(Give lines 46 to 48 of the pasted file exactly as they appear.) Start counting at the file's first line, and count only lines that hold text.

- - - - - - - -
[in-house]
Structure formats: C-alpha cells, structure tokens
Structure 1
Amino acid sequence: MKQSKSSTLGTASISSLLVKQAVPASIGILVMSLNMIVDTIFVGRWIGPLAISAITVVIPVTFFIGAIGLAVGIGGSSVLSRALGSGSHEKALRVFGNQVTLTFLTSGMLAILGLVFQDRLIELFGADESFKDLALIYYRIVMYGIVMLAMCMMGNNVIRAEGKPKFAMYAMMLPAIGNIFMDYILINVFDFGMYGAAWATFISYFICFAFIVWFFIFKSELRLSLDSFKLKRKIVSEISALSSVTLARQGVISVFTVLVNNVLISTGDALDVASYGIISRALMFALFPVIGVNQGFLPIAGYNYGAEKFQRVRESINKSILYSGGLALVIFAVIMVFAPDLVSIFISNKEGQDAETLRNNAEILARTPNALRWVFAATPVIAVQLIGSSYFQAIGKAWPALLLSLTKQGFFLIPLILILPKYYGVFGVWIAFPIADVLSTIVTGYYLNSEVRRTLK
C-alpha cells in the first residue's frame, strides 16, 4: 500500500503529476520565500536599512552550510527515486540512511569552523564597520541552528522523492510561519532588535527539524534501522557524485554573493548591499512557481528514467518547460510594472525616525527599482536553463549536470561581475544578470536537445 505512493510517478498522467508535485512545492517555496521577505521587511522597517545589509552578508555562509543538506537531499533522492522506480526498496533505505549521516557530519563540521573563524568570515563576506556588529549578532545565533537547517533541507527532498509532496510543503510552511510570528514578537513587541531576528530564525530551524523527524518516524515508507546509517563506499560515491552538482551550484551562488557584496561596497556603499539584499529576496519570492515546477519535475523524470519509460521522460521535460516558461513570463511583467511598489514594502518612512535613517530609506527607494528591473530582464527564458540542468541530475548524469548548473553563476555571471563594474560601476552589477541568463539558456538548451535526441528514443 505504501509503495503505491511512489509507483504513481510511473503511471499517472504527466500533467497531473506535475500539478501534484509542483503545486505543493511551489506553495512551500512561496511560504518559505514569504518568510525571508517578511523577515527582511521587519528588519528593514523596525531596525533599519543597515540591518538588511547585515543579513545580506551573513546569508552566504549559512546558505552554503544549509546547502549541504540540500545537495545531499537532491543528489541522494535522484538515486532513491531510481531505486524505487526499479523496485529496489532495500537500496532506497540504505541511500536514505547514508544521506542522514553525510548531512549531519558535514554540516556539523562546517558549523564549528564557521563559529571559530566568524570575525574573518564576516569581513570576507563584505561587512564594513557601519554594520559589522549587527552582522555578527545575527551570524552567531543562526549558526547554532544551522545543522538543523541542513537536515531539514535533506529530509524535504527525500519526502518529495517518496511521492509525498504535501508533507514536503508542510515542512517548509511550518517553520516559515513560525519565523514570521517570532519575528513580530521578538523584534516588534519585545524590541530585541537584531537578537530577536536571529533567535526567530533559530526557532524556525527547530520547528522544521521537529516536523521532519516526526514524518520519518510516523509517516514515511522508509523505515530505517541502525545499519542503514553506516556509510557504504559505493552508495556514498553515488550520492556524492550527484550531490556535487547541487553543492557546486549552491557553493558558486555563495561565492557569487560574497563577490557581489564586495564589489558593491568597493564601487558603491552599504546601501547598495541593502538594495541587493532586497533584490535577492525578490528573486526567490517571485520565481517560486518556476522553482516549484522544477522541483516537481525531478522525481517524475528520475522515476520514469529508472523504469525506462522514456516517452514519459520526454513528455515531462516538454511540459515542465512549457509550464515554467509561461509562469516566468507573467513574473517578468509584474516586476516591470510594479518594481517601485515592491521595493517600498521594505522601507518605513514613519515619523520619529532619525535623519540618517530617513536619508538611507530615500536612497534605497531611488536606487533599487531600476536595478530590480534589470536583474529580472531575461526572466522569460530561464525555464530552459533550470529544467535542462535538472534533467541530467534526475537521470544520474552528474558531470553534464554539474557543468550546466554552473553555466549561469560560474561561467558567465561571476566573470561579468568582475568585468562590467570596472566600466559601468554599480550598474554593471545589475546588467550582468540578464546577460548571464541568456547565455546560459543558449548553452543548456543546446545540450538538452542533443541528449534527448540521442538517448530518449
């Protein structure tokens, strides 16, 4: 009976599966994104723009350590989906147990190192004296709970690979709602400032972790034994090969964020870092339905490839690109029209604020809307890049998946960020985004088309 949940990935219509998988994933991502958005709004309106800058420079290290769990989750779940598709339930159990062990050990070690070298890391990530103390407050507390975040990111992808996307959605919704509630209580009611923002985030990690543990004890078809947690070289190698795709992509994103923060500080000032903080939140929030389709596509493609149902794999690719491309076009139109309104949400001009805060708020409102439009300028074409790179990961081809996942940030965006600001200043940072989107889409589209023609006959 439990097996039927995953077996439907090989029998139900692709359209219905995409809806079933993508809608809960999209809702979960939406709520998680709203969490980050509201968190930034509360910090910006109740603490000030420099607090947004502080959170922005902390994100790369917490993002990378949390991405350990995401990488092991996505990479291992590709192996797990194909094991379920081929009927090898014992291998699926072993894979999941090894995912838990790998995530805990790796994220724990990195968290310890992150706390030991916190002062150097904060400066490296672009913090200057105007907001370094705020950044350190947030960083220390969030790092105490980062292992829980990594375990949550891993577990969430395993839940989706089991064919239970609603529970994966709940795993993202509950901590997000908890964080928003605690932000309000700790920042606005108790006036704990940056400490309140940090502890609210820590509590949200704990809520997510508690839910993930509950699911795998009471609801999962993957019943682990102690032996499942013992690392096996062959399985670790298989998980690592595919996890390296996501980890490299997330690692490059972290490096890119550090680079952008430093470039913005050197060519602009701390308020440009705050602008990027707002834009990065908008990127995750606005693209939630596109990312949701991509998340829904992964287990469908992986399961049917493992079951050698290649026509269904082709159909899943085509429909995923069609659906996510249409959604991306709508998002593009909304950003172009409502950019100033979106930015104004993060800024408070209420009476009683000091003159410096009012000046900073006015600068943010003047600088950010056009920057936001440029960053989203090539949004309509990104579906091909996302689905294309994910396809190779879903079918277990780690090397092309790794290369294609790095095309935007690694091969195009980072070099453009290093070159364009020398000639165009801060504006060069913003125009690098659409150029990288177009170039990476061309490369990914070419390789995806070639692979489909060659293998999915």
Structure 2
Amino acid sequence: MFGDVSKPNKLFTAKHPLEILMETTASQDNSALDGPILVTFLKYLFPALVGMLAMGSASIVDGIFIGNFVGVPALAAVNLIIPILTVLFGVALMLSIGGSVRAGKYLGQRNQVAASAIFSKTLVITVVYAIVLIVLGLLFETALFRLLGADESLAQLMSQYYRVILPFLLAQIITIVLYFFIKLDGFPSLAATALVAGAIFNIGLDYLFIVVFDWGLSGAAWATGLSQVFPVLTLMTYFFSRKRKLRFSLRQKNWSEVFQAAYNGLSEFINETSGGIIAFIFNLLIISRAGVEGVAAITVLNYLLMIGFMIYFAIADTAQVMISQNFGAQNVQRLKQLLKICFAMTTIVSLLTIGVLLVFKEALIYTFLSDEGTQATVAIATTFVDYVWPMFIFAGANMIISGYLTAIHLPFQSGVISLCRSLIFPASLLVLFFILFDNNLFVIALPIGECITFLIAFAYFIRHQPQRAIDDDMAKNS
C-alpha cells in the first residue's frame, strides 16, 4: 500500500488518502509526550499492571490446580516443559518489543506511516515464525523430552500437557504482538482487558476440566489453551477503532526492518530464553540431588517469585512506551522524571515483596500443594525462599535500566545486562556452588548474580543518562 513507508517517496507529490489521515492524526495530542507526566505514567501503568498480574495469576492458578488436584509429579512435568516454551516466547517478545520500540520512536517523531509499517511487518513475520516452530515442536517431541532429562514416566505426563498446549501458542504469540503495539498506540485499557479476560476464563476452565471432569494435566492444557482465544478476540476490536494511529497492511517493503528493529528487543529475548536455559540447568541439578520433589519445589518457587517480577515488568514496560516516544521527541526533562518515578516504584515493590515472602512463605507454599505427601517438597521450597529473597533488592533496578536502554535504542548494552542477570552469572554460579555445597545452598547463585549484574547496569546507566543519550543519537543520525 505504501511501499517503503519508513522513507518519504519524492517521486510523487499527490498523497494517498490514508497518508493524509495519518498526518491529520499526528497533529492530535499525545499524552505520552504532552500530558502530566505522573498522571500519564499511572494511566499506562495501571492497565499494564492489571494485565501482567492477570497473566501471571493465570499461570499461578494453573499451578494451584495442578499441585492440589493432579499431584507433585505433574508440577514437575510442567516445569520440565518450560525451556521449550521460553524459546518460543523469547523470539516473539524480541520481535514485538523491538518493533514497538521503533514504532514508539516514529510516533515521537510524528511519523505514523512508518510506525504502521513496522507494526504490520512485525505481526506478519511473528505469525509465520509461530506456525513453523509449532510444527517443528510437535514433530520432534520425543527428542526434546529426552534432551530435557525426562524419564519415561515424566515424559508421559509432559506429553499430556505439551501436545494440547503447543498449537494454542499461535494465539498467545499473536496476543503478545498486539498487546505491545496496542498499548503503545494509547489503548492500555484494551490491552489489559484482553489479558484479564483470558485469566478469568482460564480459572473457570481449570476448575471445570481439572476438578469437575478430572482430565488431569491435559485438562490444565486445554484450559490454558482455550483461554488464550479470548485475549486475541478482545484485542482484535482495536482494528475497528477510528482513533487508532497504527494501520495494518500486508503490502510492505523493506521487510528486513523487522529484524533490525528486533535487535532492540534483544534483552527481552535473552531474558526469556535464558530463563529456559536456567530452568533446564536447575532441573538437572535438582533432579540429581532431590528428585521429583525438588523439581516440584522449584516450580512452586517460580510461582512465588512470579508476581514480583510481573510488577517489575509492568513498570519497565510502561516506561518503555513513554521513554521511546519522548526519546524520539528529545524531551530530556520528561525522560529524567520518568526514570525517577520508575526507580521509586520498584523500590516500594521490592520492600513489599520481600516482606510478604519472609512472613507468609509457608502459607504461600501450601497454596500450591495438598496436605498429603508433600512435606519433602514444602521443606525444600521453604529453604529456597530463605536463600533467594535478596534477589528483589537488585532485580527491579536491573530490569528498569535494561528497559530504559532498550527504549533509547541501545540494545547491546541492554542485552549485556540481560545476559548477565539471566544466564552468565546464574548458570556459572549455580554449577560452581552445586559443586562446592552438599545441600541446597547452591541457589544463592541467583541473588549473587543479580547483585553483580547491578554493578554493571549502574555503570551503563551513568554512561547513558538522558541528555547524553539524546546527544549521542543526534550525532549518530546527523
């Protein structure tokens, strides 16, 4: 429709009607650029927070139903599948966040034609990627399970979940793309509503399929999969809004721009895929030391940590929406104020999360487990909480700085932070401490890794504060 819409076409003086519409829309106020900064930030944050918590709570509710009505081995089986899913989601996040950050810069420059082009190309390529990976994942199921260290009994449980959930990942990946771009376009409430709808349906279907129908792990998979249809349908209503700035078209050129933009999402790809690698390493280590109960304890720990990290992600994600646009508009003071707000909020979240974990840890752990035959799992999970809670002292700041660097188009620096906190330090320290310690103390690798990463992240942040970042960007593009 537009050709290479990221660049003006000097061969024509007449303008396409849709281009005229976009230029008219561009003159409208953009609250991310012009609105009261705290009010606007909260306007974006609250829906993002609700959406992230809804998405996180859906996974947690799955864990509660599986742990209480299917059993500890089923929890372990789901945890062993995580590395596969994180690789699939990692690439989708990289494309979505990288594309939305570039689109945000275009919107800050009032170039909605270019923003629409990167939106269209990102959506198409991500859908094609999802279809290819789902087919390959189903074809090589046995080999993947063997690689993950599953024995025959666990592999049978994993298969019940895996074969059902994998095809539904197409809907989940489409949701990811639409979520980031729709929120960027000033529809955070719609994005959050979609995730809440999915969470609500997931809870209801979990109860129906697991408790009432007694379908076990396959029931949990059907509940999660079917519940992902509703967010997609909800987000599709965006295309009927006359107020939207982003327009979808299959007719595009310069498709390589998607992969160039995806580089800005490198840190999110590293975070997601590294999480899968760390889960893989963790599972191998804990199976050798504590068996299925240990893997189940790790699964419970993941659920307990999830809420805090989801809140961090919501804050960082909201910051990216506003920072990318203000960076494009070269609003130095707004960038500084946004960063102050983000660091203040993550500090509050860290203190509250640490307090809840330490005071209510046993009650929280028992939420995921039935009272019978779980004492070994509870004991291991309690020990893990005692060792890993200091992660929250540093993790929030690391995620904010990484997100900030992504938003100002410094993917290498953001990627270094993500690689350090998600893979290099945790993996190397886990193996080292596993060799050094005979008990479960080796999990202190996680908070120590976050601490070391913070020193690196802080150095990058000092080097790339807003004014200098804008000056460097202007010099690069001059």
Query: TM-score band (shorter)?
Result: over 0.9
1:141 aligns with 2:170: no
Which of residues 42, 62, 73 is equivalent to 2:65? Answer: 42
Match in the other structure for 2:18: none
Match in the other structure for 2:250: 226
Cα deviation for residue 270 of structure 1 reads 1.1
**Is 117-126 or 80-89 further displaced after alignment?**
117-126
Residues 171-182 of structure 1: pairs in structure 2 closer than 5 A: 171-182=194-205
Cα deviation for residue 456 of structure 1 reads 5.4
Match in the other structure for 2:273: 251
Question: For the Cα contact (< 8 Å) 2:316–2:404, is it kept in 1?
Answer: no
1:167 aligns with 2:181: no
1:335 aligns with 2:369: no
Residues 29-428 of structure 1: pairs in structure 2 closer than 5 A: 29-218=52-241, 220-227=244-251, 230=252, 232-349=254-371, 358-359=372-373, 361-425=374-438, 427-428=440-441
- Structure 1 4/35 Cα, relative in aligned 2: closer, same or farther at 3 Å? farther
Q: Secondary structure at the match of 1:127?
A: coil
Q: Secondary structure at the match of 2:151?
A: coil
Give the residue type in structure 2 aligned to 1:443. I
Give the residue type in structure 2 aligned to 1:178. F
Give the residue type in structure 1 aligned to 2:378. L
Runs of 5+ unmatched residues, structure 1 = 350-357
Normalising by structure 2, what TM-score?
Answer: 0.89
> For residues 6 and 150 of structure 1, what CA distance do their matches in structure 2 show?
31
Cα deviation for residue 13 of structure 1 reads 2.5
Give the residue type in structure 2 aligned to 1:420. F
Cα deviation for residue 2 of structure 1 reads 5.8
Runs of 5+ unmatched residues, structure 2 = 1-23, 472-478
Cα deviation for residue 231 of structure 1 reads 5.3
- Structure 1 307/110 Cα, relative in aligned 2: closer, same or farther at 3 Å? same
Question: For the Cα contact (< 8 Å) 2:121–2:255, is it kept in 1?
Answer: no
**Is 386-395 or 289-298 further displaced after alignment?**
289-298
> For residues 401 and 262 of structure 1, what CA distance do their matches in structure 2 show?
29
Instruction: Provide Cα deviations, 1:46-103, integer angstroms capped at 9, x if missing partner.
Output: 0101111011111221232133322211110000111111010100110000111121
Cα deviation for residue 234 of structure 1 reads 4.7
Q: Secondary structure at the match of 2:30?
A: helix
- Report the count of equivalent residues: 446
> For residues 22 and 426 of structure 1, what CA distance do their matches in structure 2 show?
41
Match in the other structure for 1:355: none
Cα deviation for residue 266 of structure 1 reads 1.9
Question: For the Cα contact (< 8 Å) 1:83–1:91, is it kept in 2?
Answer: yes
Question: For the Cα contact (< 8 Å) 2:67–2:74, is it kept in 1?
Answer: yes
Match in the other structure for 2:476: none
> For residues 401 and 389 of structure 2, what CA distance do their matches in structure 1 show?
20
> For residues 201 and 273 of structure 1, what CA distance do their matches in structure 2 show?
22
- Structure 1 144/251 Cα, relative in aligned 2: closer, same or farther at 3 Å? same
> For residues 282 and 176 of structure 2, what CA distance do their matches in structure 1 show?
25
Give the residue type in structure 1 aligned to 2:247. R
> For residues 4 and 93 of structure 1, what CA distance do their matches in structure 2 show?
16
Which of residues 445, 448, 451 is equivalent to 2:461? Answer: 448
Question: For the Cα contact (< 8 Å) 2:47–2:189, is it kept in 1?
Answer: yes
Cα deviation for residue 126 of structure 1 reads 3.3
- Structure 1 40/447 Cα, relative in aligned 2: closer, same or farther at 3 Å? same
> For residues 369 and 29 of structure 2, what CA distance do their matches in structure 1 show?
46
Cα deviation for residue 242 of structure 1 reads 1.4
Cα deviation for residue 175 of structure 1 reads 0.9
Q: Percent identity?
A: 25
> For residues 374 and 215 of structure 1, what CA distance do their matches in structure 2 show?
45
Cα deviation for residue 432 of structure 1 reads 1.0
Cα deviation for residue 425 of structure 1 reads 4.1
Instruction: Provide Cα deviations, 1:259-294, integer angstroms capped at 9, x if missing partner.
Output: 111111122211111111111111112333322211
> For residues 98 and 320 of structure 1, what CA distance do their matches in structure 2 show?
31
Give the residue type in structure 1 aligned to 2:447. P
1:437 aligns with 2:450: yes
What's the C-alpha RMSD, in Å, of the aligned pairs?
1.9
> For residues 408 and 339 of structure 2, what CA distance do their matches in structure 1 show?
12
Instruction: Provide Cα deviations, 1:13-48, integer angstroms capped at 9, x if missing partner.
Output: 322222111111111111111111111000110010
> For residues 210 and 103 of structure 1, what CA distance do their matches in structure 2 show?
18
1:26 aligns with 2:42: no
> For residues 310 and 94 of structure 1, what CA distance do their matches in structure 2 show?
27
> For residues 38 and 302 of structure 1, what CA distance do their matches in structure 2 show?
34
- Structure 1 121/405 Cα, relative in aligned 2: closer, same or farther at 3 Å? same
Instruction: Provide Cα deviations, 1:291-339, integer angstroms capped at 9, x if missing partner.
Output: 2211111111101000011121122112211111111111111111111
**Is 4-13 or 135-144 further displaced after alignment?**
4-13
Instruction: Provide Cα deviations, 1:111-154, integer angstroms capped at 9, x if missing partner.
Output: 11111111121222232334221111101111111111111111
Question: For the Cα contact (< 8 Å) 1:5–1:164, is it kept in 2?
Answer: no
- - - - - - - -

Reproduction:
- Structure 1 307/110 Cα, relative in aligned 2: closer, same or farther at 3 Å? same
Question: For the Cα contact (< 8 Å) 2:121–2:255, is it kept in 1?
Answer: no